Book Review: Superman: Sunday Classics 1939–1943 by Jerry Siegel and Joe Shuster

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Super­man: Sun­day Clas­sics 1939–1943 by Jerry Siegel and Joe Shus­ter is a col­lec­tion of the comic strips which were pub­lished in papers across the coun­try between the four years men­tioned. Some of the illus­tra­tions are done by Peter Poplaski and an intro­duc­tion is writ­ten by Roger Stern.

  • 204 pages
  • Pub­lisher: Sterling
  • Lan­guage: English
  • ISBN-10: 1402737866

Book Review Superman Sunday Classics 1939-1943

My rat­ing for Super­man: Sun­day Clas­sics 1939–19435

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Super­man: Sun­day Clas­sics 1939–1943 by Jerry Siegel and Joe Shus­ter is a won­der­ful cof­fee table book with an amaz­ing wrap­around dust­cover and excel­lent inte­rior art. This is a large for­mat, hard­bound book in full color printed on pres­tige for­mat paper – some­thing unusual for today and a great value for the money.

As one might imag­ine, the book is a blast to read. Care­fully read­ing and study­ing the panel, one could how Siegel and Shus­ter pro­gressed as a writer and artist and their train of thought. Clark Kent is hardly men­tioned, not sur­pris­ing if you want kids to come back and read the strip the next week, Super­man is not the all-powerful super­hero, his pow­ers haven’t yet fully devel­oped (he doesn’t fly, just jumps real high). In one of the strips he gets hurt and the famous “S” shield varies as the char­ac­ter was being developed.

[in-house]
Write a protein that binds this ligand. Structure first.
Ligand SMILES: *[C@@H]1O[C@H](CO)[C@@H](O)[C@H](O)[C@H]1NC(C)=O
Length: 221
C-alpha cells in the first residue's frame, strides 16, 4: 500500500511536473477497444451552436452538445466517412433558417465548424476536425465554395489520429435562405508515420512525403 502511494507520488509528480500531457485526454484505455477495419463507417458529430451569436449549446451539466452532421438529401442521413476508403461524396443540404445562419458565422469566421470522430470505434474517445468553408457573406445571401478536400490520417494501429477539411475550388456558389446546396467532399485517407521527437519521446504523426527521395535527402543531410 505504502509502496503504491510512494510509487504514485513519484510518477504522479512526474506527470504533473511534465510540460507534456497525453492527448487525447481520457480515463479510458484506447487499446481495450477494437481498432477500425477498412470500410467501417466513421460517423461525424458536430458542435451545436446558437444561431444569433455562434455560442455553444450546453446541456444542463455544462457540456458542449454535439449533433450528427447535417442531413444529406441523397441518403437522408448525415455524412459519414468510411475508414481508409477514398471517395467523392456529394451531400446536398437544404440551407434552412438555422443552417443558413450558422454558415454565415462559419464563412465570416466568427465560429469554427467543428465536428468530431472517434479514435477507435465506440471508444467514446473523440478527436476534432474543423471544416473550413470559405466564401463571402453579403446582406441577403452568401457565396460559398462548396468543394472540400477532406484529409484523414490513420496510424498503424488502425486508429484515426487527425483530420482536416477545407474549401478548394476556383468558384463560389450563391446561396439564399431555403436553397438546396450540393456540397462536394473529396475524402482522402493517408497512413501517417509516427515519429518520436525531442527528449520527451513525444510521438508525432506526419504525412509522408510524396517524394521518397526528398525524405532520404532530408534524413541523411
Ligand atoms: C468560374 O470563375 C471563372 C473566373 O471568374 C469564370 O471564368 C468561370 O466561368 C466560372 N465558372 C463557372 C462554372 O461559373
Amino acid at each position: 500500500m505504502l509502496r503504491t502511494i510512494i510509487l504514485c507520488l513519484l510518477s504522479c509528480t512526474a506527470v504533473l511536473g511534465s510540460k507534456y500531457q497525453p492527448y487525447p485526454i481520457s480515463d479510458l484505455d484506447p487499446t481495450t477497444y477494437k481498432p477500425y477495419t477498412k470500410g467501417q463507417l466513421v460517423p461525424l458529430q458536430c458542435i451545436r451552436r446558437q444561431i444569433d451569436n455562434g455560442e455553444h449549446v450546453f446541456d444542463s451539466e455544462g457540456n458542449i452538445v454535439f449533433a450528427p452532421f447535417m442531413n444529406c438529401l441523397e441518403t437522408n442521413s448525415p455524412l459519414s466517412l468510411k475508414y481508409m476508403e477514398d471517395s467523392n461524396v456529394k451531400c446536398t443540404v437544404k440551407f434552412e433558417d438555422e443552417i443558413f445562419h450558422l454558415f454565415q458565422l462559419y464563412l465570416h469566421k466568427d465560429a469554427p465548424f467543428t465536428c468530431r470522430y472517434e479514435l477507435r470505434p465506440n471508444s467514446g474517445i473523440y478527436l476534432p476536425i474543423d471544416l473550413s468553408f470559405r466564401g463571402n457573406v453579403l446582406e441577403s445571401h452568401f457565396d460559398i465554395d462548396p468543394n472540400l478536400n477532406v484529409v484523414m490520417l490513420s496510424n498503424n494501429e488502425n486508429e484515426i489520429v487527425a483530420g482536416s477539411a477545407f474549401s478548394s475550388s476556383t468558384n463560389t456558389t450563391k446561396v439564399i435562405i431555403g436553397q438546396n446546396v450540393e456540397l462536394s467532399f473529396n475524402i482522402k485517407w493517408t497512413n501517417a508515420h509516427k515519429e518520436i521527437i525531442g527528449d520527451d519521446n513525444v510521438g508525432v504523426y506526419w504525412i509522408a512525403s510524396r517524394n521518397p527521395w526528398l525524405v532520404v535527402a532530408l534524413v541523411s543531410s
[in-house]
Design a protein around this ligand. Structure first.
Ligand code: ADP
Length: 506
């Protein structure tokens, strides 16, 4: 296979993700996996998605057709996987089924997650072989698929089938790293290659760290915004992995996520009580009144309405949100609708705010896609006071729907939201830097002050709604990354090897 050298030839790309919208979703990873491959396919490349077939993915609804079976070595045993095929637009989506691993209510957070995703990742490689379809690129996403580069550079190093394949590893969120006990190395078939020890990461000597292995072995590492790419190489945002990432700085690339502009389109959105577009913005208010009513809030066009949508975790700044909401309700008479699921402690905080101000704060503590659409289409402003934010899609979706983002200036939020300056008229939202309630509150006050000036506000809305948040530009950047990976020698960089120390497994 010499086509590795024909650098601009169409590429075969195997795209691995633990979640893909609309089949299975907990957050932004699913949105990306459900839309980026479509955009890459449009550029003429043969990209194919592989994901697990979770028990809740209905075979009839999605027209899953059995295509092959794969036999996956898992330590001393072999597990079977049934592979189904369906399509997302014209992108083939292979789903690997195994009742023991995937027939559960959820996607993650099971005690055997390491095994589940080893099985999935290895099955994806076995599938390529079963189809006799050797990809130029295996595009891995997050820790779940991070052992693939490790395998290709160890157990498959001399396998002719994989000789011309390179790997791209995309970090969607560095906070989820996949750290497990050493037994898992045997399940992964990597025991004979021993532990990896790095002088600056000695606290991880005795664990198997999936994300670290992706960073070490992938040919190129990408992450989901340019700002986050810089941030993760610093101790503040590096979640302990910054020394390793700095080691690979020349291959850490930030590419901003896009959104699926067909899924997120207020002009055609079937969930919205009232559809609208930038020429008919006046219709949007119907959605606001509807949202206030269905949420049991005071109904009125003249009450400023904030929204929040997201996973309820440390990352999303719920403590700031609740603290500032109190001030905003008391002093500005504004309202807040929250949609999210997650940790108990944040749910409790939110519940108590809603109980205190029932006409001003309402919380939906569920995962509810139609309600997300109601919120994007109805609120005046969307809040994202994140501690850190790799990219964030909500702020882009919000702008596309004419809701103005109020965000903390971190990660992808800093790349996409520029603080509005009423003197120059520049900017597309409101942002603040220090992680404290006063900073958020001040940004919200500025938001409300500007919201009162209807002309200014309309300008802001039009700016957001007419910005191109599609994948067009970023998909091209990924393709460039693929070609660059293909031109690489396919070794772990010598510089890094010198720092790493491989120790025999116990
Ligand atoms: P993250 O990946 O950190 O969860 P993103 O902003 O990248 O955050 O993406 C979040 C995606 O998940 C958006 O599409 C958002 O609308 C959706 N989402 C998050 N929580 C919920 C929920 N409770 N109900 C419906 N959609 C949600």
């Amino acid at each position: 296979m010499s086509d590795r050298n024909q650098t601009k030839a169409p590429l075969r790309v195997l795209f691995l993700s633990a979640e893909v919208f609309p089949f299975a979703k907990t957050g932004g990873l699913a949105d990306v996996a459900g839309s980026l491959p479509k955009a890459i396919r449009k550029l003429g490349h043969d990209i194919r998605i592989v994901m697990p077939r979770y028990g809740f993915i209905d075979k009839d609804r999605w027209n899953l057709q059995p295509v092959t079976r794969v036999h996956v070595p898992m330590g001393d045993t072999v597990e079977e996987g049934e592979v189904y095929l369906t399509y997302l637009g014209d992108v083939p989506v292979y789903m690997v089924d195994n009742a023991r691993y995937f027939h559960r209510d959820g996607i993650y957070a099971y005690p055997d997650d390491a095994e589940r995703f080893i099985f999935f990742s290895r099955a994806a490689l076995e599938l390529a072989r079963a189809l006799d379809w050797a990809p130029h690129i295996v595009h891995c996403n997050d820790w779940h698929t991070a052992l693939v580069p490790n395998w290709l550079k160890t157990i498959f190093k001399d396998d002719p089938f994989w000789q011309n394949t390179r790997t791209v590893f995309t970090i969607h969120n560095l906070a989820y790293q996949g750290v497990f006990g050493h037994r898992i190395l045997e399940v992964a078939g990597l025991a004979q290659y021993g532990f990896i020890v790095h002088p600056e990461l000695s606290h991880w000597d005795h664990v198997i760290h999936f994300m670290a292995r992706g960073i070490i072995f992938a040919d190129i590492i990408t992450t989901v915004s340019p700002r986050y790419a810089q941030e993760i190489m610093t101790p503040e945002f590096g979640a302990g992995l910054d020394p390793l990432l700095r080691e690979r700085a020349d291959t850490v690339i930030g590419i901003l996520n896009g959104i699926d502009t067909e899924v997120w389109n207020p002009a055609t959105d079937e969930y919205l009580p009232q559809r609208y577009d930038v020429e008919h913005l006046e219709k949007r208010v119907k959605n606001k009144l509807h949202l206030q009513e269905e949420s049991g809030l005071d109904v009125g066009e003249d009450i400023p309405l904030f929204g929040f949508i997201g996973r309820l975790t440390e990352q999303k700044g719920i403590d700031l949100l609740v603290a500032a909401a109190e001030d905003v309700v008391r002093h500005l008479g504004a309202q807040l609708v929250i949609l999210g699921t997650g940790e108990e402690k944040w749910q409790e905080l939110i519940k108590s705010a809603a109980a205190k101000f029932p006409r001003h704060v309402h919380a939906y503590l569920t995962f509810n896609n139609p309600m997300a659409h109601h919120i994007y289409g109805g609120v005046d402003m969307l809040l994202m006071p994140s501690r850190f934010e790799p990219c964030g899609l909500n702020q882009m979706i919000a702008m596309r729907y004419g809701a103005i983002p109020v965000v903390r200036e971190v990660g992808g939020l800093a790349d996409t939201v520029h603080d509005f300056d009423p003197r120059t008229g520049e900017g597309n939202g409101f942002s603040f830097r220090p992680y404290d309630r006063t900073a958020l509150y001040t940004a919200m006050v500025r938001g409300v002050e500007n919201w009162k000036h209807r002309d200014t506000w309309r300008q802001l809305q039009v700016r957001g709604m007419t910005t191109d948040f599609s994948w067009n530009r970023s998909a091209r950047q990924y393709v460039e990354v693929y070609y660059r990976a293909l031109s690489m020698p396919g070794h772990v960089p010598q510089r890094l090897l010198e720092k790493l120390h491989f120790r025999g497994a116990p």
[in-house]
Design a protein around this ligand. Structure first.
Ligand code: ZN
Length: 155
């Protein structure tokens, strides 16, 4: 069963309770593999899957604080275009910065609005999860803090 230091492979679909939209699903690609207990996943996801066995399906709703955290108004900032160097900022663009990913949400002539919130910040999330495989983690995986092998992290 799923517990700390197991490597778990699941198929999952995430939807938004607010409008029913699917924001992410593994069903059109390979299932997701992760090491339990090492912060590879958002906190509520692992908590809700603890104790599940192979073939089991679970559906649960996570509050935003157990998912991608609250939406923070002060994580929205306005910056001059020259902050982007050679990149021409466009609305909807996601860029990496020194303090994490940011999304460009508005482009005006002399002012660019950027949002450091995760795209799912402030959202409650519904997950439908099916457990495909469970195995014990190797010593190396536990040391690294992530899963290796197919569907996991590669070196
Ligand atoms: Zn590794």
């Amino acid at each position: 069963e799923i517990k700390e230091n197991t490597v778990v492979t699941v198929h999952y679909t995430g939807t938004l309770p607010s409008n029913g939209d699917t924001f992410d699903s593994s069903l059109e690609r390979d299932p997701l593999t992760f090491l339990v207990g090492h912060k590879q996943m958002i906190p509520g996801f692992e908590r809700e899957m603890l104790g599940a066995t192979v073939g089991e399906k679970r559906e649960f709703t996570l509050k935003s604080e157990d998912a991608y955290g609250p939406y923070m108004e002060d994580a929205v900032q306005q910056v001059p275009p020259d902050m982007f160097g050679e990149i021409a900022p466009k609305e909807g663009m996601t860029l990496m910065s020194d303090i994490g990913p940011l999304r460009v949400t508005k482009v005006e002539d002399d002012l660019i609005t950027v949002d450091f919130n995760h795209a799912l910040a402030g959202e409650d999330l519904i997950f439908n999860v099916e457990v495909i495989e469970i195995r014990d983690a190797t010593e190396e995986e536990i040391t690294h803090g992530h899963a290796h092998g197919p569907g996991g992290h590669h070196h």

Super­man in this strip is a step, or a few steps, above a cir­cus strong­man accom­plish­ing mag­nif­i­cent feats, under­wear on the out­side and all. The adven­tures are mas­ter­fully repro­duced to insure enjoy­ment of fan­tas­tic sto­ry­telling, active imag­i­na­tion and the begin­ning of the great­est super-hero of all.

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Zohar — Man of la Book
Dis­claimer: I got this book as a gift.
*Ama­zon links point to an affil­i­ate account

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